WHAT THEY ARE SAYING: Americans Urge Elected Officials To Protect What Is Working, Reject One-Size-Fits-All Health Care
As the U.S. House Committee on Rules prepares to hold a hearing on the costly, disruptive one-size-fits-all health care bill known as Medicare for all, voices throughout the nation are encouraging elected officials to come together to protect what is working and fix what is broken in America’s health care system, while opposing a one-size-fits-all government-run approach that will force Americans to pay more.
Medicare for All is not actually an expansion of traditional Medicare, but is instead an entirely new system that would give the federal government an almost complete monopoly on paying for health care, with private companies relegated to selling supplemental plans …
[P]rivate health insurance companies would likely go out of business. No other country in the world bans private health insurance. Not Canada, not England, not Sweden. Nobody …
Currently, the federal government spends about $4.5 trillion per year on all programs – Social Security, aircraft carriers, mowing the White House lawn, and everything else. Medicare for All would require spending increases like nothing we’ve seen since World War II. We could pay for it only by a massive tax increase on the middle class. Sorry, but there just aren’t enough rich people to foot the bill.
Finally, the price controls Medicare for All would impose on pharmaceutical firms, hospitals, doctors, and medical device manufacturers would slow, if not end, progress in improving medical screening equipment, surgical procedures and prescription drugs. Those are areas in which the U.S. is currently the world leader.
[O]ur Representatives seem to know that most Arizonans want common-sense solutions instead of partisan rhetoric. That is why I was encouraged that Democrat candidate Mark Kelly joined Senator Sinema in opposing the Medicare for all push. They know that kicking millions of Arizonans off their health insurance will create a bigger mess than what we have now, and that the answer to our health care problems comes in bringing down costs and getting more folks covered. I know that Rep. Kirkpatrick once had that position as well, but has since joined the Medicare for all crowd. I hope that she will reconsider, because being a common-sense moderate on this particular issue is the only way we’ll get real problems fixed.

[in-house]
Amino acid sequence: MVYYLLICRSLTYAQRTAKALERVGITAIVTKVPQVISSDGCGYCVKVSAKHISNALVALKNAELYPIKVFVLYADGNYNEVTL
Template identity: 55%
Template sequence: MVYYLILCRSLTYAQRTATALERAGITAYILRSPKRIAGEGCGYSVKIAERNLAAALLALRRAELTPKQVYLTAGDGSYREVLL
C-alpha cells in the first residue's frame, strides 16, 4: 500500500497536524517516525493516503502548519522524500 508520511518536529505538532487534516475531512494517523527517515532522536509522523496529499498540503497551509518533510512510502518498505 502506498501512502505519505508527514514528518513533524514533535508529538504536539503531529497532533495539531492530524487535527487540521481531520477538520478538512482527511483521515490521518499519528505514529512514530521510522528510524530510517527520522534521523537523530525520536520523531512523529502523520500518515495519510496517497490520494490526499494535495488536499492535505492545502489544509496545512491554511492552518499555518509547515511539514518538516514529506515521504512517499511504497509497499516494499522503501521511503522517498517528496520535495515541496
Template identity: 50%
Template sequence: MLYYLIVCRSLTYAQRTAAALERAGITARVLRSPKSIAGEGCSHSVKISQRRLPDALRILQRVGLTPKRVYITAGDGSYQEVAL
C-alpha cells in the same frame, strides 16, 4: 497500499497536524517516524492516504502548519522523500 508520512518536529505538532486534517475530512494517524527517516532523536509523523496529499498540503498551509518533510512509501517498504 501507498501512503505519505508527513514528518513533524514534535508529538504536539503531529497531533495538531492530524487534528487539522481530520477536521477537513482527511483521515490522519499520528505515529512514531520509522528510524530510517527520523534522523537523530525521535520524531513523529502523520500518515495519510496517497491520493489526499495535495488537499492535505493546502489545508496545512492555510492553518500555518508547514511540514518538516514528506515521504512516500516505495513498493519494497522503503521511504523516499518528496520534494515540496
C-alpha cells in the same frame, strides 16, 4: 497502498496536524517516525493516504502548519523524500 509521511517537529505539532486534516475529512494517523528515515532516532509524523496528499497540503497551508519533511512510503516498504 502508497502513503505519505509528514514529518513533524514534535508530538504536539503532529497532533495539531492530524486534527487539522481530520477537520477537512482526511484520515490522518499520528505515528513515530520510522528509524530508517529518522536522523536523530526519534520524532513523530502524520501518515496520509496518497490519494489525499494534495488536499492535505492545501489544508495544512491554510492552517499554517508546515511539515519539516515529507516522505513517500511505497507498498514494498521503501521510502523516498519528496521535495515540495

I find it amusing that everyone seems to be enthusiastic about this new Medicare for all or Medicare buy-in push.
Though we can thank our lucky stars that our moderate Democrats like Senator Sinema and Congressman Stanton aren’t part of this push, it’s funny that the Democrats on the national stage would want to put our health care system in the government’s hands.
Have these proponents of Medicare for all forgotten how mismanaged our government can be? … Do we really want the red tape, bureaucratic nightmare that is our government to be applied to our health care system? No thank you.
Medicare for all cannot do what the ACA does. The government cannot pay for the entire cost of the health care. Government programs are vulnerable to budget cuts which is the way that social programs have been attacked over the years. They are vulnerable to reductions in what is covered.
While many of our leaders are pointing fingers and grandstanding on the important issues, it’s good to see that we have leaders putting aside party politics to make Arizonans lives better. One example is … Sen. Kyrsten Sinema avoiding the unrealistic Medicare for all plan and working across the aisle on ideas to improve the health care we have instead of the one that is an unrealistic dream.
As long as there is a divided, partisan, and dysfunctional Congress, we will need leaders to work with each other in the state to make things better.
Free Medicare for all. Bernie Sanders has let the secret out at a recent town hall meeting. Your monthly healthcare premiums, deductibles, and co-pays would be replaced with a tax increase. A further reduction in our take home pay every pay period. Free is not so free after all.